After 15 hours of debate, the Argentine Senate passed the marriage equality bill 33-27 at 4:05am local time.
Same-sex civil unions have been legalized in Uruguay and some states in Mexico and Brazil. Colombia's Constitutional Court granted same-sex couples inheritance rights and allowed them to add their partners to health insurance plans. Mexico City went further, legalizing gay marriage and launching tourism campaigns to encourage foreigners to come and wed.
"Argentina's political class has provided a lesson to the rest of Latin America," said Rolando Jimenez in Santiago. "We hope our own countries and political parties will learn that the human rights of sexual minorities are undeniable."
Activists in Paraguay plan to propose a similar law to the senate in October, said Martin Viveros of the group Somosgay. And in Uruguay, gays unsatisfied with the partial rights that come through civil unions are preparing legislation that would replace references to "man and woman" with "spouse" throughout the civil code.
The president, who helped the law's chances by bringing two senators opposed to gay marriage with her on a state visit to China, spoke out from there against the Catholic Church's campaign and the tone she said some religious groups have taken.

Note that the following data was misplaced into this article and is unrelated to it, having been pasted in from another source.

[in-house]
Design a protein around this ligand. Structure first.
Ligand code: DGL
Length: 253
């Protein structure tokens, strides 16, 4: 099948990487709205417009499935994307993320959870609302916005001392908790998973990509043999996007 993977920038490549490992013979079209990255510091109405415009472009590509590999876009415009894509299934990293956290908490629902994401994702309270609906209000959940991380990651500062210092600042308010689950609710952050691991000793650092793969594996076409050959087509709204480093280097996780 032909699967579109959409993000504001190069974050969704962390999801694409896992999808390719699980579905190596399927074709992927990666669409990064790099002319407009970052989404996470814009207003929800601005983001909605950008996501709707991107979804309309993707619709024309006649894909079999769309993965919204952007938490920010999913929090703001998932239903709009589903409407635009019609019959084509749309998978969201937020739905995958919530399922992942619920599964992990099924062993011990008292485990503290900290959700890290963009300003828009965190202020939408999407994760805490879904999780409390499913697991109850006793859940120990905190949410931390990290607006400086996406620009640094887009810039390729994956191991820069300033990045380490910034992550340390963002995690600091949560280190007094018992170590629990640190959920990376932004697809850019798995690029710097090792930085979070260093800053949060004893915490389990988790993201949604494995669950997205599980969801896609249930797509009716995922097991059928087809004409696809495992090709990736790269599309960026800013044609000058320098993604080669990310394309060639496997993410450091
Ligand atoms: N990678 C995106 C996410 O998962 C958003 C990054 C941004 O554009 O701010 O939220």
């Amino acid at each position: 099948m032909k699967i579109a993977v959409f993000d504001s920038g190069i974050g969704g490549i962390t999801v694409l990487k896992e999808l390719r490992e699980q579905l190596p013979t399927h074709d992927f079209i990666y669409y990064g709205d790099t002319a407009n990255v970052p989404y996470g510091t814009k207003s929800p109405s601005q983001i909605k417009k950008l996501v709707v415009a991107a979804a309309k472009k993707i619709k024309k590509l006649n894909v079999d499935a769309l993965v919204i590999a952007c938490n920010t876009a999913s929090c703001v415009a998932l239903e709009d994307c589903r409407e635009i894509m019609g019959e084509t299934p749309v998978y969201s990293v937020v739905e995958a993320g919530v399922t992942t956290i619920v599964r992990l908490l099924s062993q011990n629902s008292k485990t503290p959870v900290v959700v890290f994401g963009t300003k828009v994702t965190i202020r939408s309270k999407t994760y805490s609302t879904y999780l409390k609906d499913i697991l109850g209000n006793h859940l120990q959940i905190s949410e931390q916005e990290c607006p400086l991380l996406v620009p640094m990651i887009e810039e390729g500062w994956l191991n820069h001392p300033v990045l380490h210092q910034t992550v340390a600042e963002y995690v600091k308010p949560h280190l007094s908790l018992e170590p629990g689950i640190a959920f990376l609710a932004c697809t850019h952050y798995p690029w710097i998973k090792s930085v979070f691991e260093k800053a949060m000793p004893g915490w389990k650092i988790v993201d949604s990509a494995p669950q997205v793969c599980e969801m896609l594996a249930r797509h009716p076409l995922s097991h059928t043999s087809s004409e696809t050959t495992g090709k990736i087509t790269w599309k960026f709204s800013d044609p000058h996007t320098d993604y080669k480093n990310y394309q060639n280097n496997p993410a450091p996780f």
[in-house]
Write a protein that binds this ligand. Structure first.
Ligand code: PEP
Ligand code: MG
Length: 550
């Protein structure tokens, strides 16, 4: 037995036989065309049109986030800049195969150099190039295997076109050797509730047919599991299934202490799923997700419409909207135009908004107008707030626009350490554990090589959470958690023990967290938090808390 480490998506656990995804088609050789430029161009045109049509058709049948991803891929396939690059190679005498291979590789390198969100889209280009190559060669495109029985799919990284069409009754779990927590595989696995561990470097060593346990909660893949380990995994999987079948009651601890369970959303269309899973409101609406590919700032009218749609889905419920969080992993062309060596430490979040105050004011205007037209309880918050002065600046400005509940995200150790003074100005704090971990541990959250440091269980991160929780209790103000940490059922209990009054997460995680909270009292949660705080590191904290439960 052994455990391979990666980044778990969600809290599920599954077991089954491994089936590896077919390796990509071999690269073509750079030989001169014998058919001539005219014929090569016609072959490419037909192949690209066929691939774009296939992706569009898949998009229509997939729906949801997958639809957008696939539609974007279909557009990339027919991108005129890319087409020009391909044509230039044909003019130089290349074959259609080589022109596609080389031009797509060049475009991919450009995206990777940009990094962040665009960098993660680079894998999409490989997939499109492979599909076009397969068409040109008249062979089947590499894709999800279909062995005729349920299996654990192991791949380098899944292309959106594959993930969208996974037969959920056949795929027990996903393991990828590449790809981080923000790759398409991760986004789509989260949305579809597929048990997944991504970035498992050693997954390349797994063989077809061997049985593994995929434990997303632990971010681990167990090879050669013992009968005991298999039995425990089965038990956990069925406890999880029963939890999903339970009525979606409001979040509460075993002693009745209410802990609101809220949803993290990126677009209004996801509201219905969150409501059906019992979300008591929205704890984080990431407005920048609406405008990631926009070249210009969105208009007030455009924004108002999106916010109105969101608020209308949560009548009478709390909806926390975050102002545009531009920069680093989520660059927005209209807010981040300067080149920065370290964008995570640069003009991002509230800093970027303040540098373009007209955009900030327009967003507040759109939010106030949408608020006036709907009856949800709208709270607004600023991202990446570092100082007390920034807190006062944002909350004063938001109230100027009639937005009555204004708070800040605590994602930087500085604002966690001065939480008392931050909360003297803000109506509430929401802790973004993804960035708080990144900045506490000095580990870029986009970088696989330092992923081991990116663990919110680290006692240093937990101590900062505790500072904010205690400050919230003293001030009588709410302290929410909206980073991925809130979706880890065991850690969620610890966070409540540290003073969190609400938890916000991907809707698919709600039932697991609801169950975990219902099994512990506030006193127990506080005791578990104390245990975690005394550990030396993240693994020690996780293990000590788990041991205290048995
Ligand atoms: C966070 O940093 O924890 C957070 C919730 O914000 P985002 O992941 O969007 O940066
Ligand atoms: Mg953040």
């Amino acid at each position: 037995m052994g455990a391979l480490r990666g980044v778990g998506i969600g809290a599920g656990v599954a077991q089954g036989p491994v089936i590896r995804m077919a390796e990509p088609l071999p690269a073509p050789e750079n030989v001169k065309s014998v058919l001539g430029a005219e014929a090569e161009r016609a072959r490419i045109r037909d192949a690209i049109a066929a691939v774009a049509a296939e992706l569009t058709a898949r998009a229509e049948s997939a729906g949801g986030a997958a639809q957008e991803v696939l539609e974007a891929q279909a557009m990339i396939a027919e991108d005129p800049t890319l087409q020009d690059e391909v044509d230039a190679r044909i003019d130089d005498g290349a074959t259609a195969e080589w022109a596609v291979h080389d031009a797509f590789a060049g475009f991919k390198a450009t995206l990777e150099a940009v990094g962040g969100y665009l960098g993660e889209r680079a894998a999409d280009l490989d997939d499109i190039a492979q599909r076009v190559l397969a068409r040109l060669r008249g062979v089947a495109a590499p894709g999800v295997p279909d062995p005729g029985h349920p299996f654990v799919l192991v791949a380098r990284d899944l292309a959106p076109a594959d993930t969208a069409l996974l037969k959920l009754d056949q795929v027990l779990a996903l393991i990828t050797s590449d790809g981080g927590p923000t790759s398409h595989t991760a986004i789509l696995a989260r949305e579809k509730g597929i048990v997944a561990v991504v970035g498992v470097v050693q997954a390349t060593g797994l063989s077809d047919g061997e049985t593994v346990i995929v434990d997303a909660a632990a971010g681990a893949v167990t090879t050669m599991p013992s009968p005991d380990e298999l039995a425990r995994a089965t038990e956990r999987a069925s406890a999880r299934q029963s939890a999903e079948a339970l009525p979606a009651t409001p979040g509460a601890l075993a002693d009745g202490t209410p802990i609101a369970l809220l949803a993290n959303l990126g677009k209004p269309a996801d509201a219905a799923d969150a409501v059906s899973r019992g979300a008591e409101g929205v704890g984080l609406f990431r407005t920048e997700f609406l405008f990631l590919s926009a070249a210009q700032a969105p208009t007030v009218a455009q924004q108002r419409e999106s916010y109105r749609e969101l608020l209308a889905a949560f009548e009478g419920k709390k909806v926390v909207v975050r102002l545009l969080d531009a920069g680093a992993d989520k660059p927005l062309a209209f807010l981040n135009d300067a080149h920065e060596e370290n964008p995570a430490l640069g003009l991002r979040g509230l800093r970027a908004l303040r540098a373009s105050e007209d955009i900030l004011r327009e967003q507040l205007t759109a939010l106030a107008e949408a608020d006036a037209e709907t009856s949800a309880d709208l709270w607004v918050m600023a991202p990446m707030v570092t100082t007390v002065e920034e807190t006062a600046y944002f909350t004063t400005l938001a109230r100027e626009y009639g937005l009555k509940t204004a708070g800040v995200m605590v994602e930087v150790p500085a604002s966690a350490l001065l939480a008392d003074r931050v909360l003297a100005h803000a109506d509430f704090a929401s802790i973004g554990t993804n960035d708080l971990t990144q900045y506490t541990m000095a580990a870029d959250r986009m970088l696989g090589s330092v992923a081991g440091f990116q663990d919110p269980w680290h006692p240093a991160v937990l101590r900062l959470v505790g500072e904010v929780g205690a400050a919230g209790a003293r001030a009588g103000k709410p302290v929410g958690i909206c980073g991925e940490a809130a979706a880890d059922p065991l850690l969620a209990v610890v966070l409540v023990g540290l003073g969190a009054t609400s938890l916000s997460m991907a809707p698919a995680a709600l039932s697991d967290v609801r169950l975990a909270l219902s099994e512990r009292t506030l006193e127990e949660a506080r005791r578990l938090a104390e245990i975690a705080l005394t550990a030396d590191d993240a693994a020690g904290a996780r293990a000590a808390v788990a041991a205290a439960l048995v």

"It's very worrisome to hear words like 'God's war' or 'the devil's project,' things that recall the times of the Inquisition," she said.
That may play well in Argentina's socially liberal capital, where many of the country's gays and lesbians live, but could be costly in the conservative provinces. Some opposition leaders accused Fernandez and her husband Nestor Kirchner, who lobbied hard for passage, of trying to gain votes in next year's presidential elections, when the former president is expected to run again.
Congratulations to Argentina! I may just have to change my travel plans for my 20th anniversary next January. We were thinking of visiting South Africa, but maybe we should return to South America instead!